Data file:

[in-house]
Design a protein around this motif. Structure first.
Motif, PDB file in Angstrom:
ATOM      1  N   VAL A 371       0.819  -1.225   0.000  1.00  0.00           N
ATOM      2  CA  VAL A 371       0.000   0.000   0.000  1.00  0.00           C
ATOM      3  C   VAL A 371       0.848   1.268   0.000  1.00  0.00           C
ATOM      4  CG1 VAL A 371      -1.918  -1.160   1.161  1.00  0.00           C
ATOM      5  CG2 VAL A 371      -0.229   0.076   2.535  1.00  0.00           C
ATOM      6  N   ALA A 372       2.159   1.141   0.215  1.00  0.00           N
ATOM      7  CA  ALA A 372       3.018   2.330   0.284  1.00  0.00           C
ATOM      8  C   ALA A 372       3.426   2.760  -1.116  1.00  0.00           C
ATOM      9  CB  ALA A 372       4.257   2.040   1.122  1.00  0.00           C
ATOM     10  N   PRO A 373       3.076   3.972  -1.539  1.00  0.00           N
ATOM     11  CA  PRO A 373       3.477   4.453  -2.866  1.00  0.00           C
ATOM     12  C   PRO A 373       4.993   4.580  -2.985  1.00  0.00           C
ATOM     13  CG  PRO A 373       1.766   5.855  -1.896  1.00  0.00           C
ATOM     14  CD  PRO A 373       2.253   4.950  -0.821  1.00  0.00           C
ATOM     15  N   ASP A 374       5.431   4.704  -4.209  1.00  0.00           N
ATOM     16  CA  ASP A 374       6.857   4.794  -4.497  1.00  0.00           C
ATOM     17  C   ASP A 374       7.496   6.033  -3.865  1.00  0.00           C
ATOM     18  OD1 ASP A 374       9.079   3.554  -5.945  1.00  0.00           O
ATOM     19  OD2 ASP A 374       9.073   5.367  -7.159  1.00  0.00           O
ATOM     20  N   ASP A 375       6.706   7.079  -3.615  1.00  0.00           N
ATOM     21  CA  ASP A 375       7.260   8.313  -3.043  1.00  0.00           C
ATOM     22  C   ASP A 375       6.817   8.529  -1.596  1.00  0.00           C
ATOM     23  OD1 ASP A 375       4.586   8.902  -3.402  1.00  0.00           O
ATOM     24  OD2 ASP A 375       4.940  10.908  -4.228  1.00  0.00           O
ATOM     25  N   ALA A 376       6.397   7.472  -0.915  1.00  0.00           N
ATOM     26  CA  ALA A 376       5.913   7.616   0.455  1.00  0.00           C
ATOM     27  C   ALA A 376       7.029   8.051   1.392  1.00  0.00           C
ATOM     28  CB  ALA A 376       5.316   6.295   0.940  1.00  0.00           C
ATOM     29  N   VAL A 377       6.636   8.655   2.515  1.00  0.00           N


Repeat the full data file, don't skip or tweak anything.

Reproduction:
[in-house]
Design a protein around this motif. Structure first.
Motif, PDB file in Angstrom:
ATOM      1  N   VAL A 371       0.819  -1.225   0.000  1.00  0.00           N
ATOM      2  CA  VAL A 371       0.000   0.000   0.000  1.00  0.00           C
ATOM      3  C   VAL A 371       0.848   1.268   0.000  1.00  0.00           C
ATOM      4  CG1 VAL A 371      -1.918  -1.160   1.161  1.00  0.00           C
ATOM      5  CG2 VAL A 371      -0.229   0.076   2.535  1.00  0.00           C
ATOM      6  N   ALA A 372       2.159   1.141   0.215  1.00  0.00           N
ATOM      7  CA  ALA A 372       3.018   2.330   0.284  1.00  0.00           C
ATOM      8  C   ALA A 372       3.426   2.760  -1.116  1.00  0.00           C
ATOM      9  CB  ALA A 372       4.257   2.040   1.122  1.00  0.00           C
ATOM     10  N   PRO A 373       3.076   3.972  -1.539  1.00  0.00           N
ATOM     11  CA  PRO A 373       3.477   4.453  -2.866  1.00  0.00           C
ATOM     12  C   PRO A 373       4.993   4.580  -2.985  1.00  0.00           C
ATOM     13  CG  PRO A 373       1.766   5.855  -1.896  1.00  0.00           C
ATOM     14  CD  PRO A 373       2.253   4.950  -0.821  1.00  0.00           C
ATOM     15  N   ASP A 374       5.431   4.704  -4.209  1.00  0.00           N
ATOM     16  CA  ASP A 374       6.857   4.794  -4.497  1.00  0.00           C
ATOM     17  C   ASP A 374       7.496   6.033  -3.865  1.00  0.00           C
ATOM     18  OD1 ASP A 374       9.079   3.554  -5.945  1.00  0.00           O
ATOM     19  OD2 ASP A 374       9.073   5.367  -7.159  1.00  0.00           O
ATOM     20  N   ASP A 375       6.706   7.079  -3.615  1.00  0.00           N
ATOM     21  CA  ASP A 375       7.260   8.313  -3.043  1.00  0.00           C
ATOM     22  C   ASP A 375       6.817   8.529  -1.596  1.00  0.00           C
ATOM     23  OD1 ASP A 375       4.586   8.902  -3.402  1.00  0.00           O
ATOM     24  OD2 ASP A 375       4.940  10.908  -4.228  1.00  0.00           O
ATOM     25  N   ALA A 376       6.397   7.472  -0.915  1.00  0.00           N
ATOM     26  CA  ALA A 376       5.913   7.616   0.455  1.00  0.00           C
ATOM     27  C   ALA A 376       7.029   8.051   1.392  1.00  0.00           C
ATOM     28  CB  ALA A 376       5.316   6.295   0.940  1.00  0.00           C
ATOM     29  N   VAL A 377       6.636   8.655   2.515  1.00  0.00           N